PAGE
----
Tonight's Sky
Sun
Sun
Moon
Moon
Mercury
Mercury
Venus
Venus
Mars
Mars
Jupiter
Jupiter
Saturn
Saturn

Tonight's Sky — Change location

OR

Searching...

Tonight's Sky — Select location

Tonight's Sky — Enter coordinates

° '
° '

See microlensing in action

Here’s how astronomers detect free-floating planets.
Free-floating-planet
This artist’s conception illustrates a Jupiter-like planet alone in the dark of space, floating freely without a parent star. Astronomers recently uncovered evidence for 10 such lone worlds, thought to have been “booted,” or ejected, from developing solar systems. Credit: NASA/JPL-Caltech
In the June issue of Astronomy, author Steve Nadis wrote “Do billions of rogue planets drift through space?” His story talks a great deal about a technique astronomers use called gravitational microlensing.

This NASA artist’s animation illustrates the technique used for finding free-floating Jupiter-mass planets in space. Astronomers think gravitational interactions ejected such worlds early on from their developing solar systems.

The movie shows the central region of the Milky Way and zooms in on a star that brightens. This brightening (exaggerated here) happens when an unseen planet happens to cross in front of it. The planet’s gravity causes the starlight to warp, and this warping results in a brightening of the star. In essence, the planet’s gravity plays the role of a magnifying lens.

The next part of the animation shows a zoomed in view of the microlensing. The blue dot represents the planet (enlarged to make it easy to see). The main star is the central bright dot. When the planet is directly in front of the main star, that star’s multiple images stretch into arcs. This result is a temporary brightening of the star.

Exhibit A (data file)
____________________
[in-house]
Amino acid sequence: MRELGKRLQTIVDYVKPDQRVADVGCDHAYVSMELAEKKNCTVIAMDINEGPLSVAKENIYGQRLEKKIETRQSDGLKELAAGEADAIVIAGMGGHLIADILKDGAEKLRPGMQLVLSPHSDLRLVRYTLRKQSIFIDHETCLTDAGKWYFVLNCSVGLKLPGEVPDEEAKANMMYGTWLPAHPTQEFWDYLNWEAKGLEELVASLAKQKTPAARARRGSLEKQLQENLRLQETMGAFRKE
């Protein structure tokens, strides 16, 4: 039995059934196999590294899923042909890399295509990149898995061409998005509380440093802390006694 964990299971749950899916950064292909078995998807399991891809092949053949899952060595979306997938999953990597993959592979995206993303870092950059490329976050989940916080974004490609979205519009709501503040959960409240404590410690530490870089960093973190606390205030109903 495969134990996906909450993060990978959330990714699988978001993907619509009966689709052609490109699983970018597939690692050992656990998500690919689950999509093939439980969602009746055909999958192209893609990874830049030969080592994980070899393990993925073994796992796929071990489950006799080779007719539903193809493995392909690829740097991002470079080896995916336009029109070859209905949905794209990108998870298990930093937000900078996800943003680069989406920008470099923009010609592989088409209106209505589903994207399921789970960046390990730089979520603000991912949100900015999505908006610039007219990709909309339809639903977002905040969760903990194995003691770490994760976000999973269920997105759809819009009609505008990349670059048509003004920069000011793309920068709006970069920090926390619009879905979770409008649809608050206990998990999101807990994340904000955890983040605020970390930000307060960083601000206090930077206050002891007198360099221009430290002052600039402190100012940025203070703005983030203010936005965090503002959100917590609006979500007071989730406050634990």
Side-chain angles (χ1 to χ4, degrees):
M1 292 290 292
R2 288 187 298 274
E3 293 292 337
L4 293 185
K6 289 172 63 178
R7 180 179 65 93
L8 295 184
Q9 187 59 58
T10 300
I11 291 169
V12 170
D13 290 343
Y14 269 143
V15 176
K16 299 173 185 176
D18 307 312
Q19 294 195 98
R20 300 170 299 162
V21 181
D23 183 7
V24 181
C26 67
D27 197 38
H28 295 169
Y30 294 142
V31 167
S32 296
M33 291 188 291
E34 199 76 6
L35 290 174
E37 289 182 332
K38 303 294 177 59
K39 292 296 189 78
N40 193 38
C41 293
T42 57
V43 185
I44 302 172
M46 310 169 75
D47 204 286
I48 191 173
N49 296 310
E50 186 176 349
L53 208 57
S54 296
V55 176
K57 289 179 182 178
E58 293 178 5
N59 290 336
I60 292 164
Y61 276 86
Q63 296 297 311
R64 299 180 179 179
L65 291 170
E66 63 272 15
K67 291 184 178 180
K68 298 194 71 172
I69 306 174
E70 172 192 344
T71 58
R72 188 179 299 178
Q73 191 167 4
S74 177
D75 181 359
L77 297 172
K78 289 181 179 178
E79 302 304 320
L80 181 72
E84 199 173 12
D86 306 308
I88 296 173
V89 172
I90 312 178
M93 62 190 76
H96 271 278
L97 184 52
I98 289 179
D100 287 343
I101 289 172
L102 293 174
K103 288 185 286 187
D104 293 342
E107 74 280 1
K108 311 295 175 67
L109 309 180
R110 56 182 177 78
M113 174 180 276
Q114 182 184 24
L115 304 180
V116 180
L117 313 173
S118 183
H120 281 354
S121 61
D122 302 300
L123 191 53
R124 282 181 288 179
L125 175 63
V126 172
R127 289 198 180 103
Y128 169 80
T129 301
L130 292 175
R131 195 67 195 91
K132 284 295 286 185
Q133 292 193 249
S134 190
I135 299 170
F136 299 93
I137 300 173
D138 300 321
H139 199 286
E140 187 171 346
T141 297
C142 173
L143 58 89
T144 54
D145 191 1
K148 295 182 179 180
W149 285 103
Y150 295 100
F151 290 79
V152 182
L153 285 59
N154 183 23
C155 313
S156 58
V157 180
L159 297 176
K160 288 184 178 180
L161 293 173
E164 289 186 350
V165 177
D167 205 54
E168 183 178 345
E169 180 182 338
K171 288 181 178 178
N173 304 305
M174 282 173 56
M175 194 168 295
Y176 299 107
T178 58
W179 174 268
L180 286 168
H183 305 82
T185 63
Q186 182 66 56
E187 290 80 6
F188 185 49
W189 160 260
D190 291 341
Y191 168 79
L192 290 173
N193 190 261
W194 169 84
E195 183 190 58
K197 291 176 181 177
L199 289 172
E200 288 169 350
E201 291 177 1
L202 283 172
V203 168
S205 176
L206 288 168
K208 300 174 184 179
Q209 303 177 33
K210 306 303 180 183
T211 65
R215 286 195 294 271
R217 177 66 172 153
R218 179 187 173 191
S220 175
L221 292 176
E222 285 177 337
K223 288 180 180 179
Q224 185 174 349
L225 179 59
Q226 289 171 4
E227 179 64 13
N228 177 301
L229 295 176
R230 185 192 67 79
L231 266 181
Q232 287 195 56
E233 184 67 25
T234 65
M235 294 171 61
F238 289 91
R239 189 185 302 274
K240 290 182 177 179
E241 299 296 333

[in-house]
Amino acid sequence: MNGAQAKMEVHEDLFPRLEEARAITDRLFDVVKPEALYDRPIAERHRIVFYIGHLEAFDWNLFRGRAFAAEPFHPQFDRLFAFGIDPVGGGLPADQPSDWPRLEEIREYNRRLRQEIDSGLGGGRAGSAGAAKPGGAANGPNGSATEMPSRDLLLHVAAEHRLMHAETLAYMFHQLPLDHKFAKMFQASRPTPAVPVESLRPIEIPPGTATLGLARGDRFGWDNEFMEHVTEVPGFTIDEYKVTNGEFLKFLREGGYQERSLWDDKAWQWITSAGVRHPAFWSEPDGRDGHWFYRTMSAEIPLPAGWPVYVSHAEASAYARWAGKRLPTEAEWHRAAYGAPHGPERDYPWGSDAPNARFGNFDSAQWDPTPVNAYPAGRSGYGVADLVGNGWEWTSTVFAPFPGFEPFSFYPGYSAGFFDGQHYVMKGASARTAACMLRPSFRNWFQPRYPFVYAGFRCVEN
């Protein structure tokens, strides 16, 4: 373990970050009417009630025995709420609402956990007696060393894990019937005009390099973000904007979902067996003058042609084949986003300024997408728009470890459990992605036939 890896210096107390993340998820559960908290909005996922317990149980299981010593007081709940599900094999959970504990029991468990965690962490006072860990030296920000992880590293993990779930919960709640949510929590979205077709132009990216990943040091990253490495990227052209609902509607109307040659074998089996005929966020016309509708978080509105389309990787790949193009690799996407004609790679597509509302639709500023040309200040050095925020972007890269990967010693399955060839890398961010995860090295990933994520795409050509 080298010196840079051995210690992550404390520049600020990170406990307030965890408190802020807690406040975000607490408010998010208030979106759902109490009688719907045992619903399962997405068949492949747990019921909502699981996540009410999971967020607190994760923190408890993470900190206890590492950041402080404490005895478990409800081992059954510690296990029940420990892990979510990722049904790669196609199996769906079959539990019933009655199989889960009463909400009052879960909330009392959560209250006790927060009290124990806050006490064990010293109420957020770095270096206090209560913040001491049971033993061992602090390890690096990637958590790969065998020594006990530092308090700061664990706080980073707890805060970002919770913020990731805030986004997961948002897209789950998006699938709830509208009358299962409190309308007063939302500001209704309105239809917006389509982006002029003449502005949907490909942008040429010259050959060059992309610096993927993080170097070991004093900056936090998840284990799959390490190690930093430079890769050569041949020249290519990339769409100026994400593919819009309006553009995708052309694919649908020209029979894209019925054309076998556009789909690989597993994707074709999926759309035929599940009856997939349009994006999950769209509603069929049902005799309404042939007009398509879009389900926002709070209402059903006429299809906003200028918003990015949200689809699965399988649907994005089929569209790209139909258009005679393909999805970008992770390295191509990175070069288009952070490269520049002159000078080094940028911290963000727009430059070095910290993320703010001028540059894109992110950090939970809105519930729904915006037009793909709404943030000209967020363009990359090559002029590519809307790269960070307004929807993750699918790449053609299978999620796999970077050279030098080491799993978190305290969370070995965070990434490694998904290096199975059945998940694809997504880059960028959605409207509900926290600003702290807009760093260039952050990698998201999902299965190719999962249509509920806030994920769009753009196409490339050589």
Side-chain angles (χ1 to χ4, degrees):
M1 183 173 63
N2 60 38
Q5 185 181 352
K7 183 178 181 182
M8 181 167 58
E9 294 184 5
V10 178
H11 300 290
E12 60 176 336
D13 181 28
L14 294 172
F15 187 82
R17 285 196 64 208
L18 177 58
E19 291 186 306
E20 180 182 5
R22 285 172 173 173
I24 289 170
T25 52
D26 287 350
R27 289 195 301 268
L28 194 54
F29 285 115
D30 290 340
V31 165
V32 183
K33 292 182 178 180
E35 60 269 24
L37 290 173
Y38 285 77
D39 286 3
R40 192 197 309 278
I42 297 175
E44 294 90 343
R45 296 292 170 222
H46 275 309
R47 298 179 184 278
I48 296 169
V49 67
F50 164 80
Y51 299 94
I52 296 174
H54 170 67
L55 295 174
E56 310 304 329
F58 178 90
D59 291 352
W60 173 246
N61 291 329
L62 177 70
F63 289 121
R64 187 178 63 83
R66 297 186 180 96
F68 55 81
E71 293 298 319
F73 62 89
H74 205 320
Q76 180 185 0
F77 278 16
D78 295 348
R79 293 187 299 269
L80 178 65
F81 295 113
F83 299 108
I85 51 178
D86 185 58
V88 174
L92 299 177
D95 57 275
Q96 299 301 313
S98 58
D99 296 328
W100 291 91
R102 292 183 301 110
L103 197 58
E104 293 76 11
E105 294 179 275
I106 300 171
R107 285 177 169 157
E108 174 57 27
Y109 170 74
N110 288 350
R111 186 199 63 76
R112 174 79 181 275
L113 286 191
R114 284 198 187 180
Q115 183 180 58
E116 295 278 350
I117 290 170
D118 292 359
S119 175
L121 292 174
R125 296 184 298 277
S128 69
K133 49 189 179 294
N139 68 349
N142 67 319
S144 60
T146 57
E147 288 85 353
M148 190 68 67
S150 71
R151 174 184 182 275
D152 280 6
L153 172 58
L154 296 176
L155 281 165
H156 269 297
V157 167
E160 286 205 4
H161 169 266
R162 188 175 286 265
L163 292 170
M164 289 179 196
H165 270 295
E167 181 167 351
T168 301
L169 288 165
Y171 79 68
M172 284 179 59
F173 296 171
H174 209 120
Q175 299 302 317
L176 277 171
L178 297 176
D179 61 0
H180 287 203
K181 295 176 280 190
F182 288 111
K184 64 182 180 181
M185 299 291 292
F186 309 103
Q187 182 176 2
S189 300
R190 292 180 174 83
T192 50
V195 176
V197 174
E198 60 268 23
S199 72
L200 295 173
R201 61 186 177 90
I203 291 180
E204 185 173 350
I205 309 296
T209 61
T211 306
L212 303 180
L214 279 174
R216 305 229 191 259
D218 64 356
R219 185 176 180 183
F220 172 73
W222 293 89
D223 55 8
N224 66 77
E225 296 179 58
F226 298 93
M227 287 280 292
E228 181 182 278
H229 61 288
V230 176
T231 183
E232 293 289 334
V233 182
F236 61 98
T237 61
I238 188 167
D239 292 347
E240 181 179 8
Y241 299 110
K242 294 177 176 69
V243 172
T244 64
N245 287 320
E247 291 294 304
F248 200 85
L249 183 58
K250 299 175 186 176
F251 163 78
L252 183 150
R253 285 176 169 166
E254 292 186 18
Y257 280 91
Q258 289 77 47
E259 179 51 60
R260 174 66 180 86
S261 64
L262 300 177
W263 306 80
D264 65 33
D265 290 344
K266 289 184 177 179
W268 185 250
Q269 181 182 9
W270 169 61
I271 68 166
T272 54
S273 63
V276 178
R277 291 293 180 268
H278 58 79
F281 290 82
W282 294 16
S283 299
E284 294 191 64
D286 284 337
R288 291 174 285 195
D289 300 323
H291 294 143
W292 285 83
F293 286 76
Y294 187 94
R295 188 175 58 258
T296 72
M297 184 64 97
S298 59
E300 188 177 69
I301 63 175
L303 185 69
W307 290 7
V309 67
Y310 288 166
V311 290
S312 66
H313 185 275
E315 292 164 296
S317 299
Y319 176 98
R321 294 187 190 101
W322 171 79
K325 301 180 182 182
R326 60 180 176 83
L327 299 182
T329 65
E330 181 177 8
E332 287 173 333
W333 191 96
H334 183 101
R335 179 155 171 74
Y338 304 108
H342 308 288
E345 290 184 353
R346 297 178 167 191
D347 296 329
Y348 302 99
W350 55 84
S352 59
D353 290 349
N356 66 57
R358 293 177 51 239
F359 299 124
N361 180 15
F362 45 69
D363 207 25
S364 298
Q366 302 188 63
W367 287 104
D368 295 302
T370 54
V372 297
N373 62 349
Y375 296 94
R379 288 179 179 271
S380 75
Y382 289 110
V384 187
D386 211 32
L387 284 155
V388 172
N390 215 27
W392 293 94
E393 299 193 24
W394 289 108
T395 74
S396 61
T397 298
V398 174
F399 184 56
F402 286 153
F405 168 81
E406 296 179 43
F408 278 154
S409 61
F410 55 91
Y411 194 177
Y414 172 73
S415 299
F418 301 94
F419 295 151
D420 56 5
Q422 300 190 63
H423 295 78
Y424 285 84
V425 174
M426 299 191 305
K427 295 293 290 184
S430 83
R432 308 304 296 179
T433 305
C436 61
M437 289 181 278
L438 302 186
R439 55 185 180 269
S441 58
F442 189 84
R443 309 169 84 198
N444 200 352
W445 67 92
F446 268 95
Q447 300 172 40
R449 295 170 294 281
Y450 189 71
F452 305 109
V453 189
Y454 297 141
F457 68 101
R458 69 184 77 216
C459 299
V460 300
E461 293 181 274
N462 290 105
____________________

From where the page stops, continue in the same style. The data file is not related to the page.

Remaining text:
The duration of the microlensing event will reveal the rough mass of the passing body. Jupiter-mass objects will cause a star to brighten more quickly, over just a day or two. A passing star would cause a more-distant star to brighten over a period of weeks. The movie ends with an artist’s conception of a free-floating Jupiter-mass world.

The gravitational microlensing shown is based on simulation data from M. Freeman (University of Auckland, New Zealand).
0

JOIN THE DISCUSSION

Read and share your comments on this article
Comment on this article
Want to leave a comment?
Only registered members of Astronomy.com are allowed to comment on this article. Registration is FREE and only takes a couple minutes.

Login or Register now.
0 comments
ADVERTISEMENT

FREE EMAIL NEWSLETTER

Receive news, sky-event information, observing tips, and more from Astronomy's weekly email newsletter. View our Privacy Policy.

ADVERTISEMENT
ADVERTISEMENT
RCLP_ASY_0301_mediumrectangle

Untangle the mysteries of our solar system and its moons with this free download.

Find us on Facebook